After the Panchase Temple, the tedious part begins. Down and down through thick forest, the stone stepped path winds in tortuous patterns in the dull late morning. Those who charged in front are now suffering from sore knees and feet. Marion lags even further behind. I go at my own pace, and am on my own – blessed peace – in the middle of the Nepal forest. Tenzi my Sherpa companion has gone hot foot down to bring up more drink for Marion.
I find it harder to adapt from the Australians to the English people than from the 1st to the 3rd world. The sherpas, guides and Nepali people are warm, friendly and interesting. My fellow travellers are still a bit alien to me, with their talk among themselves of previous holiday experiences, and not much reaction on what we’re seeing and doing at this moment.
I come to a fork in the path: left to Kande via Bhadawe Derali, right to Pokhara and Phewa Lake (spelt Fewalake) via Thulaket. I sit down for yet another drink of water and wait for Marion and her sherpa companions. Eventually she comes into view, red faced and suffering. I give her a couple of electrolyte pills, some more water and a bite of my protein bar, then we proceeded left, my legs going quicker than hers. An hour further on a couple of Sherpas approach with refreshments. Another half an hour and I am met by two more, carrying our lunch, but we both make it to lunch at the village.
Away again down the cobbled and windy village road, past a woman weaving fine cotton. We wind again down and down, through habitation now, passing buffalo, chickens, goats, children and babies.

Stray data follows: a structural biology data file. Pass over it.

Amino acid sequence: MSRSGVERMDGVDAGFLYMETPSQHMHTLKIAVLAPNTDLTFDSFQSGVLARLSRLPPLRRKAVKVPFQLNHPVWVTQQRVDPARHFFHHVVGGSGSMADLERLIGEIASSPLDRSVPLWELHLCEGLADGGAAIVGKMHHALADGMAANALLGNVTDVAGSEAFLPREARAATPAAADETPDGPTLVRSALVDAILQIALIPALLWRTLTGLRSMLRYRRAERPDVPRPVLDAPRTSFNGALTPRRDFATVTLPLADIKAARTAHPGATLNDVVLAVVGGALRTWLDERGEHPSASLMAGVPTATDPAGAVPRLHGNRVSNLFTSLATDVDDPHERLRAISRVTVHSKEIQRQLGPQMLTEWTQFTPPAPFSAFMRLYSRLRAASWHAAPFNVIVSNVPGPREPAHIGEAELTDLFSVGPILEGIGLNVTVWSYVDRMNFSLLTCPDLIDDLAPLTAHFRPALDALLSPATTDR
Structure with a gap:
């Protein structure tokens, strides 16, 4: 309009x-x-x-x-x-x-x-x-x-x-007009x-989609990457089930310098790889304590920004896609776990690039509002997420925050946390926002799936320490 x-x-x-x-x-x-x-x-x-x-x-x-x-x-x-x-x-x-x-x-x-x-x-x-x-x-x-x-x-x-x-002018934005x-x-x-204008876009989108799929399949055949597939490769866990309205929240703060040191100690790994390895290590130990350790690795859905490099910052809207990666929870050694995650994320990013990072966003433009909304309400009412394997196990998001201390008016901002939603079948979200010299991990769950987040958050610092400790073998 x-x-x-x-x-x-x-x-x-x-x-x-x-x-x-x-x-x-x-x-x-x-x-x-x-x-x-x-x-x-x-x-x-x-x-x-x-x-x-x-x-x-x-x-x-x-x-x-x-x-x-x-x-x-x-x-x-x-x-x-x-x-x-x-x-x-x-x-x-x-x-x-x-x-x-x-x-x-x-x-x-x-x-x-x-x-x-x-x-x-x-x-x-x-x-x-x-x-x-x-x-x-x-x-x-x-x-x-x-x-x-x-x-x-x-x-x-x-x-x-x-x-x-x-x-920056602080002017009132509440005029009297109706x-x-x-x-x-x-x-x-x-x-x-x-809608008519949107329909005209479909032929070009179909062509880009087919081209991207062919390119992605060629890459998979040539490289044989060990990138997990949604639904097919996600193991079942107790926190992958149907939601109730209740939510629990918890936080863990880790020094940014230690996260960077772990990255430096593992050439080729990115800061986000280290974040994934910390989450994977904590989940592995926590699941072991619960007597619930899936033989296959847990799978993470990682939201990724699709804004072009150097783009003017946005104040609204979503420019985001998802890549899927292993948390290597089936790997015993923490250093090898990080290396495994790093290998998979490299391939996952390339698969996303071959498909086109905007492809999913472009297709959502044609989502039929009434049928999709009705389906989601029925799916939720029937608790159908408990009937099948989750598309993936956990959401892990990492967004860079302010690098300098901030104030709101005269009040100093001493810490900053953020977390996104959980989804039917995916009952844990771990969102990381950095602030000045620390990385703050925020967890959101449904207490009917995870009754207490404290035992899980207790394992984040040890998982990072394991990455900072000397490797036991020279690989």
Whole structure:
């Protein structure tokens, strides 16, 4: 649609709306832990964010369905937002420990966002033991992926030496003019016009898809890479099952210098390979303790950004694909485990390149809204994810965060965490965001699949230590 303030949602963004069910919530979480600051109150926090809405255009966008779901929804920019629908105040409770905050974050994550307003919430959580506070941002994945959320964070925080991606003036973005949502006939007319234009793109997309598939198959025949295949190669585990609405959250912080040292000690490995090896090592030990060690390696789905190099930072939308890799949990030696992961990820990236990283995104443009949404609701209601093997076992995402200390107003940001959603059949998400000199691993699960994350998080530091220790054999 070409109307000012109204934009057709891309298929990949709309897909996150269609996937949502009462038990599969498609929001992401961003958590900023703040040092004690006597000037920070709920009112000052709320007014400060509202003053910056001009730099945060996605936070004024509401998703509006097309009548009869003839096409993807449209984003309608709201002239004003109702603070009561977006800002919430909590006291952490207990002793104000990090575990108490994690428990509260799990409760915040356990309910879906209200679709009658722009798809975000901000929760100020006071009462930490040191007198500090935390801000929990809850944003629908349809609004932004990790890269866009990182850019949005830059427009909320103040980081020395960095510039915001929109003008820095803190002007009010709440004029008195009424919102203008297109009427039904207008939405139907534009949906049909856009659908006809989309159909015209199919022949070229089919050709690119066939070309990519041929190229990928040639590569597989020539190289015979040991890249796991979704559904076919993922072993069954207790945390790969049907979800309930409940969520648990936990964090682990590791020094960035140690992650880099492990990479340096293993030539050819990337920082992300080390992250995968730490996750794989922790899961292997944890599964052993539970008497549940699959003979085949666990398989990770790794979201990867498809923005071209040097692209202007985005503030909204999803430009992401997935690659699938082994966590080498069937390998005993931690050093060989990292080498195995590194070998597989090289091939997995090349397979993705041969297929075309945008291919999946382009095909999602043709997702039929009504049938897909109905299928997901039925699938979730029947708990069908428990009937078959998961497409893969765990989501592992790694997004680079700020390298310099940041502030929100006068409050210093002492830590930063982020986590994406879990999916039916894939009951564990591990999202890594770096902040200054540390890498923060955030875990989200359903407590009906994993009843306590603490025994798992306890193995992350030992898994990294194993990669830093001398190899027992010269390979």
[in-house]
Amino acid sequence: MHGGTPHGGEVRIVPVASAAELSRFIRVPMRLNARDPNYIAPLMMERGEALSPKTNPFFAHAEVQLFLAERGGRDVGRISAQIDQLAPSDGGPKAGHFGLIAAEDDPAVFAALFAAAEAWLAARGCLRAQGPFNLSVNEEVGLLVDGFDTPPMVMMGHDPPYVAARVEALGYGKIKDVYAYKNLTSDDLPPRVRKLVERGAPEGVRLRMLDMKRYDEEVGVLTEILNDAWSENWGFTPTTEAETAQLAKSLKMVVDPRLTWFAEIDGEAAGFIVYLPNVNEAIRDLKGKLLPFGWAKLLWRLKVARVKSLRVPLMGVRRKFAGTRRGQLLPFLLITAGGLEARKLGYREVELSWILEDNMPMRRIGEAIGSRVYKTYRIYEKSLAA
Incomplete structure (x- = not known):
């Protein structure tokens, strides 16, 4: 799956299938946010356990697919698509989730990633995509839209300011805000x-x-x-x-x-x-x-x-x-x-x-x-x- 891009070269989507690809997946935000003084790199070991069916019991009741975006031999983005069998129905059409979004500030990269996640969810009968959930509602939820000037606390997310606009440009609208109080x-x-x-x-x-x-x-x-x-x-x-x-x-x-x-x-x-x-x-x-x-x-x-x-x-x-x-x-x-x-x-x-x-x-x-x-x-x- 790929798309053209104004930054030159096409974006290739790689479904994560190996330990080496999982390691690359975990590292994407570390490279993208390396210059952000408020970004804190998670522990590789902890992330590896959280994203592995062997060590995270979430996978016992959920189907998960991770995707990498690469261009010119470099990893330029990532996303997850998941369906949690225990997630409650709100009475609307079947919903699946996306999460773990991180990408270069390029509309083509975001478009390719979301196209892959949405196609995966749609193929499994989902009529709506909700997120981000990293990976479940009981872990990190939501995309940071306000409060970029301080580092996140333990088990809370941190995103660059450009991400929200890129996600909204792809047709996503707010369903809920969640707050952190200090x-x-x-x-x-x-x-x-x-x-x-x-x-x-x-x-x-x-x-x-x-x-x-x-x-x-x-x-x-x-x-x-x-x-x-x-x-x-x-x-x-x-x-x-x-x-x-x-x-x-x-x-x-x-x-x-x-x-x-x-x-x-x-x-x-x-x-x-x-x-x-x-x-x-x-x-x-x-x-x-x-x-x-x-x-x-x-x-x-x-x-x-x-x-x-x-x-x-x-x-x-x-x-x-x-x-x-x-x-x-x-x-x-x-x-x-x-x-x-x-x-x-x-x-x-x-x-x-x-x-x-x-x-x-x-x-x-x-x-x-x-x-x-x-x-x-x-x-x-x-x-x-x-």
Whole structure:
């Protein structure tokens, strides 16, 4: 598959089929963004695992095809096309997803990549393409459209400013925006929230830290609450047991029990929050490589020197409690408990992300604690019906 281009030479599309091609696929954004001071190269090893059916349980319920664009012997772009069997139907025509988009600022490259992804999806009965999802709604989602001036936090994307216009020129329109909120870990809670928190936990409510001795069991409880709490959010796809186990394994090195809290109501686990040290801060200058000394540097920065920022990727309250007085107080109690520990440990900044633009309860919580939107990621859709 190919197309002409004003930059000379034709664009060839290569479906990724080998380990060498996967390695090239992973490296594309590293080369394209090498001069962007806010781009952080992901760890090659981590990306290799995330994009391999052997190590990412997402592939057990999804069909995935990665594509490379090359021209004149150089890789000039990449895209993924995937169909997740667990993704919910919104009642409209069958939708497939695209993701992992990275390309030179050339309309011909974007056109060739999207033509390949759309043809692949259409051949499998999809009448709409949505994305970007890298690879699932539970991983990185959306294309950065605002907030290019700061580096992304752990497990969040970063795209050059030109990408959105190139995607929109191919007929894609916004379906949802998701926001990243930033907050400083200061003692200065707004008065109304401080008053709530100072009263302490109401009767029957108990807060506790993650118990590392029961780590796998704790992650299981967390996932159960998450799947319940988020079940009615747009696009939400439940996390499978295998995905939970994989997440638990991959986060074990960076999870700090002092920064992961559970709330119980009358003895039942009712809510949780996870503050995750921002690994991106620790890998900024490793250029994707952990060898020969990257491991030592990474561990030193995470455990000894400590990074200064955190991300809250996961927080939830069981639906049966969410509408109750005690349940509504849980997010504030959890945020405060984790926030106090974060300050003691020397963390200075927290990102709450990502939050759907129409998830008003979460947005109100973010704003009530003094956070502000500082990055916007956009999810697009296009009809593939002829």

We round a corner into more forest and come to a deep ravine with a trickle of water at the bottom; a long silver footbridge sways before us, slung between its banks. Sally is afraid of heights, but John holds her hands, facing her and stepping backwards all the way, talking steadily. We all sway over the bridge. On and on, up but mostly down; on and on. My legs are like automatons. A tarmac road.
Youths playing volleyball, some are absorbed in a board game with discs, flicking them into corner pockets like pool, but with their fingers. We stop for a soda and children ask for pens.
It starts to rain and as we all put on our waterproofs, I get left behind because I have to put my binoculars and bird book away, and then take out my umbrella. I trudge through a town, then up a tortuous steep path off the road to arrive in camp at 6 p.m. drizzling wet, darkish and miserable, but not as cold as last night.
We are in Naudanda, have walked for ten hours, and achieved 10.8 miles as the crow flies (you can double that for actual distance covered, John says). Marion, with Peter as company, comes in half an hour after me with Udaya and Mahesh in tow and we all cheer.
They bake Marion a chocolate cake for pudding that night (still hot), iced with egg white and sugar.